A syndicate comprising vehicle suppliers and senior procurement officials in various State institutions has been milking millions of dollars from state coffers through murky and inflated vehicle supply deals.
Business Times can reveal that some motor vehicle suppliers have been dribbling the government through taking advantage of the Procurement Regulatory Authority of Zimbabwe (PRAZ) decentralised system to invoice government departments’ different prices for the same product.
According to the new procurement law all ministries, State-owned enterprises and local authorities are supposed to establish Procurement Management Units (PMUs).
These units are expected to be manned by professional procurement officers who are licenced in terms of the Public Procurement and Disposal of Public Assets Act [Chapter 22:23].
The PMUs are now responsible for the whole procurement cycle in the public sector from the planning, adoption of the appropriate method of procurement, preparing bid notices and shortlisting, managing the bids and evaluation processes, preparing evaluation reports to awarding of contracts and overseeing their management and preparing procurement reports.
This according to well-placed sources at Treasury has seen motor vehicle suppliers invoicing different prices despite delivering the same product with same specifications to State departments.
This publication is reliably informed that the Treasury has since raised a red flag on this potential prejudice and has communicated to various government departments to undertake due diligence on vehicle procurement.
Information at hand showed that what is invoiced to the Zimbabwe National Army on vehicle supply is not the same as what is invoiced to the Zimbabwe Republic Police despite the two being government security arms.
There are also allegations that vehicle suppliers could have put a premium on prices due to the government’s failure to meet obligations in time.
“Treasury has since raised a red flag and ordered an urgent review on the payments being made by various government departments to vehicle suppliers.
This was after a potential prejudice was unearthed where there are unexplained variances in invoices being issued to different government departments despite getting the same product,” a source said.
“Government has been losing money through this syndicate that is involving senior government officials and procurement officers.
The vehicle suppliers have been taking advantage of the existing decentralised procurement system.”
This has sparked calls for the amendment of the current PRAZ procurement system so that all procurement is done under a consolidated framework agreement to be supervised by Treasury and PRAZ. PRAZ acting chief executive Clever Ruswa told Business Times that price variations were also necessitated by the fluctuation of the exchange rate and there was a directive by the Treasury to synchronise vehicle procurement.
“The issue of price variations was necessitated by the exchange rate fluctuations and Treasury has since made a directive to halt all vehicle procurement for now until there is synchronisation on the vehicle procurement system,” Ruswa said.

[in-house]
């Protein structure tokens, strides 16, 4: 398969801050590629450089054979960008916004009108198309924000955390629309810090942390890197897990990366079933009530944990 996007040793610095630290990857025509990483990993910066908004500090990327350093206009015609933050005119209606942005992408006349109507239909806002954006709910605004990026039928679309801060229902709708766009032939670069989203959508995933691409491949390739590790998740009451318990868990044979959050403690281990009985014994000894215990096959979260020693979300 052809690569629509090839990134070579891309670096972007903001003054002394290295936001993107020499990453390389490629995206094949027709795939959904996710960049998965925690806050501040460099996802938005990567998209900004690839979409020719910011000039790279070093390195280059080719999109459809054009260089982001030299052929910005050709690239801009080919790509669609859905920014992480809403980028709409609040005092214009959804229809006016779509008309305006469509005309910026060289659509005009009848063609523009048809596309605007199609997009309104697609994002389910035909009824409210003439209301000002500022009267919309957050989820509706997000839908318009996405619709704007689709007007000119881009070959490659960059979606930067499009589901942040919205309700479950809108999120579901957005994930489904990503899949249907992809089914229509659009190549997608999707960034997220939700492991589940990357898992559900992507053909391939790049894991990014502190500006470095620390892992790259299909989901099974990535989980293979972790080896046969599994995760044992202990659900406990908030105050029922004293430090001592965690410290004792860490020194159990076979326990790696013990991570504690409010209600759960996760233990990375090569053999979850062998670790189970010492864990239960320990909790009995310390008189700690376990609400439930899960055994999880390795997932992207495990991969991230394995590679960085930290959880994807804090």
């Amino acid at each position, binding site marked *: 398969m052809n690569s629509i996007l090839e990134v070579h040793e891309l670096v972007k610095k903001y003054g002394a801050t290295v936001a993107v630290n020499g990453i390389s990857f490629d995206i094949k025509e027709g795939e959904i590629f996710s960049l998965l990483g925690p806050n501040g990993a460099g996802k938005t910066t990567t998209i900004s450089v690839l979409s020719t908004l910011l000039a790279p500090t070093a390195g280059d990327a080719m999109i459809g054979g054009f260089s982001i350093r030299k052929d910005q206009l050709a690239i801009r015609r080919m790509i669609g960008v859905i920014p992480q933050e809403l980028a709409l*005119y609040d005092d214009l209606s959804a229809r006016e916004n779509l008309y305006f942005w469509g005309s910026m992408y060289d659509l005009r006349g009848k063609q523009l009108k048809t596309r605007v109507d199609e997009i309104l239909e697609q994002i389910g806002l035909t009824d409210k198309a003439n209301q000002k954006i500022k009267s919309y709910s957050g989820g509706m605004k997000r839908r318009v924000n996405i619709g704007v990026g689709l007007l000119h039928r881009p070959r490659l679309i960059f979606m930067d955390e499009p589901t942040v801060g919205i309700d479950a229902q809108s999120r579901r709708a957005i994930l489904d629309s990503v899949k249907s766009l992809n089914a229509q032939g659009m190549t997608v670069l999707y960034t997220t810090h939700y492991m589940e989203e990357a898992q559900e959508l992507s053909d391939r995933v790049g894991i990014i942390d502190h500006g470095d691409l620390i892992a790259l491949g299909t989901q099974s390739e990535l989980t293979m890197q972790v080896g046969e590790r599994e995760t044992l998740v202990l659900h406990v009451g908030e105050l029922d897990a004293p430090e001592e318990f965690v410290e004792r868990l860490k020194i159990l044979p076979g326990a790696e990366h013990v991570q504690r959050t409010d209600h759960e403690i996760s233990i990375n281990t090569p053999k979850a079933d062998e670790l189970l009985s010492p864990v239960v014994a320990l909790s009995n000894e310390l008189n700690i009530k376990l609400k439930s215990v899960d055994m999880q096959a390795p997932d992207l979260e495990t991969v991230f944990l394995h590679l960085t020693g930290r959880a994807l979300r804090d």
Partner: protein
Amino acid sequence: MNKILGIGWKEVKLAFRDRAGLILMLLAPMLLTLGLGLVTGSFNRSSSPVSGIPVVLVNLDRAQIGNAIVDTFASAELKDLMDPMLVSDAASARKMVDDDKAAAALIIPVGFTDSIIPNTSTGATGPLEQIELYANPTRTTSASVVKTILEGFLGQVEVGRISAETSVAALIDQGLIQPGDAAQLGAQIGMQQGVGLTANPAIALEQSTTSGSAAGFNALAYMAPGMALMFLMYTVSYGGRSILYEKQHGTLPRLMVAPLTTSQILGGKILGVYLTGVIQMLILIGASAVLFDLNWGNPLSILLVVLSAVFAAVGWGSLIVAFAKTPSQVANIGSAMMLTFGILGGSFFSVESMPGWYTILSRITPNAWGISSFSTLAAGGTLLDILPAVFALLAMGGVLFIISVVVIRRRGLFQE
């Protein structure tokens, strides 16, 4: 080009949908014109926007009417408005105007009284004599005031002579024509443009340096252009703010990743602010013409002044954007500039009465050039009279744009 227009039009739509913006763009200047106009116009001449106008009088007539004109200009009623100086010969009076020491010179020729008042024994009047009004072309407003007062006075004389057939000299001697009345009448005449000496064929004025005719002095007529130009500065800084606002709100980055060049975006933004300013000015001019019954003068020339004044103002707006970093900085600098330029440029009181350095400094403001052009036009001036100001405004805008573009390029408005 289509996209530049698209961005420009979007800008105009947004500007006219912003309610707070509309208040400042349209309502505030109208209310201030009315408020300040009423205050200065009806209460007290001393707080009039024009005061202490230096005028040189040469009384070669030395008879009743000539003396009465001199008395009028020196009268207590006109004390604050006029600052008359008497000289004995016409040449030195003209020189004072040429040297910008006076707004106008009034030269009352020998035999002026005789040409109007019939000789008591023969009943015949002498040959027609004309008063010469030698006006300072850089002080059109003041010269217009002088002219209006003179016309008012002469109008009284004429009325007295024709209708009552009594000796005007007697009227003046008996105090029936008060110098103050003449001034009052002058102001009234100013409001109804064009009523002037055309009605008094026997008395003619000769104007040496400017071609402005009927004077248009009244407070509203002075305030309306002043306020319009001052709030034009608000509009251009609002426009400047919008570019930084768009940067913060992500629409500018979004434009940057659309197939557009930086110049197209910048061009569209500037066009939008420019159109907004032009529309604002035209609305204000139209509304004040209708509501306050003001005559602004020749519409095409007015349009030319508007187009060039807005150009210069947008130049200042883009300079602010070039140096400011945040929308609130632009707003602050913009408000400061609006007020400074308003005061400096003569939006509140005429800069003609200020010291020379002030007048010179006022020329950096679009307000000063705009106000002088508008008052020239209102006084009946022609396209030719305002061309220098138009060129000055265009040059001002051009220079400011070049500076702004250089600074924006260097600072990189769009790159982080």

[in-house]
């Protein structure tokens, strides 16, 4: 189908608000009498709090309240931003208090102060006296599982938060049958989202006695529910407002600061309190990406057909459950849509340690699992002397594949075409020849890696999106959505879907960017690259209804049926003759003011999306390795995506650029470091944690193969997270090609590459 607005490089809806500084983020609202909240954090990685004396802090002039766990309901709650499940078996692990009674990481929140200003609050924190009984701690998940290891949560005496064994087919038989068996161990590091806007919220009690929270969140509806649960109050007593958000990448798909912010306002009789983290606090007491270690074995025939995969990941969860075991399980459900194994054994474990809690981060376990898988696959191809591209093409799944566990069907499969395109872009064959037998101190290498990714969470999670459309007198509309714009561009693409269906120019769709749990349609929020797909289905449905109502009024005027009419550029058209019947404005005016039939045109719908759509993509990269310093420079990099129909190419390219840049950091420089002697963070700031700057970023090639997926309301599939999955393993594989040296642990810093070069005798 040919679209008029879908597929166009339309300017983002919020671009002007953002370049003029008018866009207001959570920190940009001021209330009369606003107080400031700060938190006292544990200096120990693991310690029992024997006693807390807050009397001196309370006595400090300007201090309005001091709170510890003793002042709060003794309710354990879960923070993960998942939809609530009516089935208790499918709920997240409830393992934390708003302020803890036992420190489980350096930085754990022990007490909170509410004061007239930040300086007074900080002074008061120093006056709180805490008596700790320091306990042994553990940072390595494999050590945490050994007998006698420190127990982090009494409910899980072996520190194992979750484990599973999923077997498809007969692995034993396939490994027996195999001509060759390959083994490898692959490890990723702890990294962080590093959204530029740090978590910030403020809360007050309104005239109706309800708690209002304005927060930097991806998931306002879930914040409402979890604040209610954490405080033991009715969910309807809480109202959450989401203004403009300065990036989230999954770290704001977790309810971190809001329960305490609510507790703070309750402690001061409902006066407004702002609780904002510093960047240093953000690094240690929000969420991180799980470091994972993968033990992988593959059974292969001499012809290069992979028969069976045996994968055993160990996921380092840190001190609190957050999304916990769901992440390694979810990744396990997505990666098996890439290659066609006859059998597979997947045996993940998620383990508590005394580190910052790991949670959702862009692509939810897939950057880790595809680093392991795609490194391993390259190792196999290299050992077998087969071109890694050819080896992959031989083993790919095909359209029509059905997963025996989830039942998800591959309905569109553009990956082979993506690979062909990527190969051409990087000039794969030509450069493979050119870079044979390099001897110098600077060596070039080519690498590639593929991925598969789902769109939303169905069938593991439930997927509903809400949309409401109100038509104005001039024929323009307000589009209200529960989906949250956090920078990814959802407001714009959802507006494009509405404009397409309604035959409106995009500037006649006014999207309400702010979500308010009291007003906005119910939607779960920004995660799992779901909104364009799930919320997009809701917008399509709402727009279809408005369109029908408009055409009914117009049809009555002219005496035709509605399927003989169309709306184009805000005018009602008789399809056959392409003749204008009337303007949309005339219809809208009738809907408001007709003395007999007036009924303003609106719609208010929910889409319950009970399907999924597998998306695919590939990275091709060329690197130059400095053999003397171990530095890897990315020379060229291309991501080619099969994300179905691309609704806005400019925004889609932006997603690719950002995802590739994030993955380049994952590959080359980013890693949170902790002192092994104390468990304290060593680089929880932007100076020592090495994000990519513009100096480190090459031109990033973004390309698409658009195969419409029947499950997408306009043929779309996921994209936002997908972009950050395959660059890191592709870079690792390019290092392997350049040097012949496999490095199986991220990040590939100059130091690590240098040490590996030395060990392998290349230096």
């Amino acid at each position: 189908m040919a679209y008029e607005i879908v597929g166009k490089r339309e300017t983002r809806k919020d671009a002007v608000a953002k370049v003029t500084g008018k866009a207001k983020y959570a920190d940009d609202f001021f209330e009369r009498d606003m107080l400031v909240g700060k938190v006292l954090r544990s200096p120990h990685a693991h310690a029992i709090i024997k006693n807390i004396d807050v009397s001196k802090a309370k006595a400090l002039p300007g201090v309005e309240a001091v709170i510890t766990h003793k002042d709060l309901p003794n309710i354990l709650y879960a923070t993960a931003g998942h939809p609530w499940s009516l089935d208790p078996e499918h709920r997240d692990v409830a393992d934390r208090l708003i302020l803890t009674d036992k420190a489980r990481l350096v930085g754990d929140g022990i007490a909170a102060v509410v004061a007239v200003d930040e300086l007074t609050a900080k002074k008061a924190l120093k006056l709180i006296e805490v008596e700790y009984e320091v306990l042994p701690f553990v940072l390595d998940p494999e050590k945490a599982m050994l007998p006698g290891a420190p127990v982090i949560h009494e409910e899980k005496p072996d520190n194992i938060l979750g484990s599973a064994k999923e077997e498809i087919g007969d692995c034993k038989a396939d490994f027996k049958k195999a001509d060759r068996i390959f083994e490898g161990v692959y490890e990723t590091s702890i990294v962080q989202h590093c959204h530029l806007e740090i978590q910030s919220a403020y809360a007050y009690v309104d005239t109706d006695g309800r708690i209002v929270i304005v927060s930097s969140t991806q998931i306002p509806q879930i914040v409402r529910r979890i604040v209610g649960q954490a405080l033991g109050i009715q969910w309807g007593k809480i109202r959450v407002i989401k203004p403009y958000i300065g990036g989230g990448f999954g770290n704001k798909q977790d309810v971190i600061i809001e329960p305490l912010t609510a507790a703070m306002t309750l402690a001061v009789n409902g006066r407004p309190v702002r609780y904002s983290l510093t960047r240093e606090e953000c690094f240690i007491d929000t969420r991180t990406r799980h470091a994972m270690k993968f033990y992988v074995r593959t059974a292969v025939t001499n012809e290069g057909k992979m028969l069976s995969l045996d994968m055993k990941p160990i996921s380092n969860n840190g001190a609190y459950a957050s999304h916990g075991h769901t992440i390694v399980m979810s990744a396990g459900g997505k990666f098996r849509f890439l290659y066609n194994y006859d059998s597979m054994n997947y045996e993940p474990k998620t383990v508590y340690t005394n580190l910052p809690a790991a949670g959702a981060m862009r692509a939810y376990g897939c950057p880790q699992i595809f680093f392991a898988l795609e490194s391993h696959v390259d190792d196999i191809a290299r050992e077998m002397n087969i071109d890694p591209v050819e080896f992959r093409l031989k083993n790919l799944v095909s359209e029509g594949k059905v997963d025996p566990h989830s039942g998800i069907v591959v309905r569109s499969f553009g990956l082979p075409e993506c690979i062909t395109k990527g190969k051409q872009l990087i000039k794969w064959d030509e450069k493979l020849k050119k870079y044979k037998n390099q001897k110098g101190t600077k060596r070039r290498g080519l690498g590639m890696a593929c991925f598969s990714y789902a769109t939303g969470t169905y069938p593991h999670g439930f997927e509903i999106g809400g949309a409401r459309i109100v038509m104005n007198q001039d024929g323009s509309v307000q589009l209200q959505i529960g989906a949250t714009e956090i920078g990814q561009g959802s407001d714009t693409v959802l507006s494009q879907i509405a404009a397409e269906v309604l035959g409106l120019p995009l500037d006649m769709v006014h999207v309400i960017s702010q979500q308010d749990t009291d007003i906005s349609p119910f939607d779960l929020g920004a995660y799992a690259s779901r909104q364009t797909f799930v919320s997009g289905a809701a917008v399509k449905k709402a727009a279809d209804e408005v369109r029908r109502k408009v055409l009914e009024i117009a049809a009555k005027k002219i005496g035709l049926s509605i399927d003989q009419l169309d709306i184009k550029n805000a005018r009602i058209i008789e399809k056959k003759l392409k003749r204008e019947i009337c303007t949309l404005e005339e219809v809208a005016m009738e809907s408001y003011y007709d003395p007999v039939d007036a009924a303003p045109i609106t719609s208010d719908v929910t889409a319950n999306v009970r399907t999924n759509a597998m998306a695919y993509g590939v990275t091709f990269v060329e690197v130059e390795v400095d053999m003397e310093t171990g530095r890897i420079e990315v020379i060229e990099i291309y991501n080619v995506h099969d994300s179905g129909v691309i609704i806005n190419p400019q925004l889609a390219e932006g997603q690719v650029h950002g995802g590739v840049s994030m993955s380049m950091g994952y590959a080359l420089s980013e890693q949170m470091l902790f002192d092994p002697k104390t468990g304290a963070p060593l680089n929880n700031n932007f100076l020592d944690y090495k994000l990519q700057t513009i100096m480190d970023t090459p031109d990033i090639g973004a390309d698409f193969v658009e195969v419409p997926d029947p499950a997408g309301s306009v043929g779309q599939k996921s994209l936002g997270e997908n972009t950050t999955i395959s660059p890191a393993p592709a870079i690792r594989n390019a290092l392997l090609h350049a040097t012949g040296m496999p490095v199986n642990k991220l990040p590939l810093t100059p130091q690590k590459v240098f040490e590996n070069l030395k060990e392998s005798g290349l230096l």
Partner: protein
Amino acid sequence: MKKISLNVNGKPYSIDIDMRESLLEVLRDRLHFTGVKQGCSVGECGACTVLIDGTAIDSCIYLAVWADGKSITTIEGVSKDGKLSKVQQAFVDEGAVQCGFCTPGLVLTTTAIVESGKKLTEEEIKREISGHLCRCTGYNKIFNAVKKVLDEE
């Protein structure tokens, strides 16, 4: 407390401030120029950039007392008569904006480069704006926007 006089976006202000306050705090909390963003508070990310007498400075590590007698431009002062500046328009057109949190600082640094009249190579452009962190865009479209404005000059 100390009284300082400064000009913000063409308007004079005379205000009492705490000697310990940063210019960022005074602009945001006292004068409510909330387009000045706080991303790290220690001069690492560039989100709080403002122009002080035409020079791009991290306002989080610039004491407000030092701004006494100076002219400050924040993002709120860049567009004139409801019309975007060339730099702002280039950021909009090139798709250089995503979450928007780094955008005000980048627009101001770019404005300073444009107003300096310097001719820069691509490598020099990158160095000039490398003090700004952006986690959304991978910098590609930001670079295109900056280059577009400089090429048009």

Finance and Economic Development Permanent Secretary George Guvamatanga was not picking calls by the time of going to print.
A car dealer who requested anonymity told Business Times: “Remember the issue of foreign currency is another factor and in this case the price variations may be due to where the dealer got the forex at the time of importing the vehicles. You will find that the price will be bound to be cheaper when the dealer has gotten the forex from the auction while the price will be on a high side if forex has been obtained from the black market. So this is usually a function of the cost of money.”
A procurement expert, who requested anonymity, said the price variations by motor vehicle companies has been a factor of the government’s failure to honour its obligations and therefore end up being charged a premium.
“Government doesn’t have money and car dealers are ending up making various financing arrangements factoring in the cost of money. This has seen motor vehicle suppliers ending up charging different prices depending on every institution and its ability to pay in time,” the procurement expert said.
Chartered Institute of Purchasing and Supply chairperson, Preston Hwena told Business Times that this was possible on the PRAZ procurement system and going forward there was a need to come up with a consolidated approach on procurement.
“There is a need to come up with a consolidated approach on procurement where state institutions come up with a framework agreement that will set uniform prices on motor vehicles. This will entail bulk procurement of vehicles and pig banking that will mean the same vehicle, same specifications and same price at the end of the day saving money” Hwena said.
He said there was also a need for procurement practitioners of various State institutions to carry out due diligence and research before making procurement decisions.
Procurement in government departments and State enterprises has become the fertile ground for corruption. The fight against corruption has scalps. Obadiah Moyo was fired as Health and Child Care minister in July following his arrest for allegedly engaging in a US$60m shady deal involving Drax International for the supply of Covid-19 materials without following proper government procedures.
He is out on bail and will stand trial on January 11. The ministry’s deputy John Mangwiro is also under probe by the Zimbabwe Anti-Corruption Commission for allegedly arm twisting the National Pharmaceutical Company to award a US$5.6m tender to Youth Health Care for the supply of Covid-19 laboratory equipment, reagents and consumables.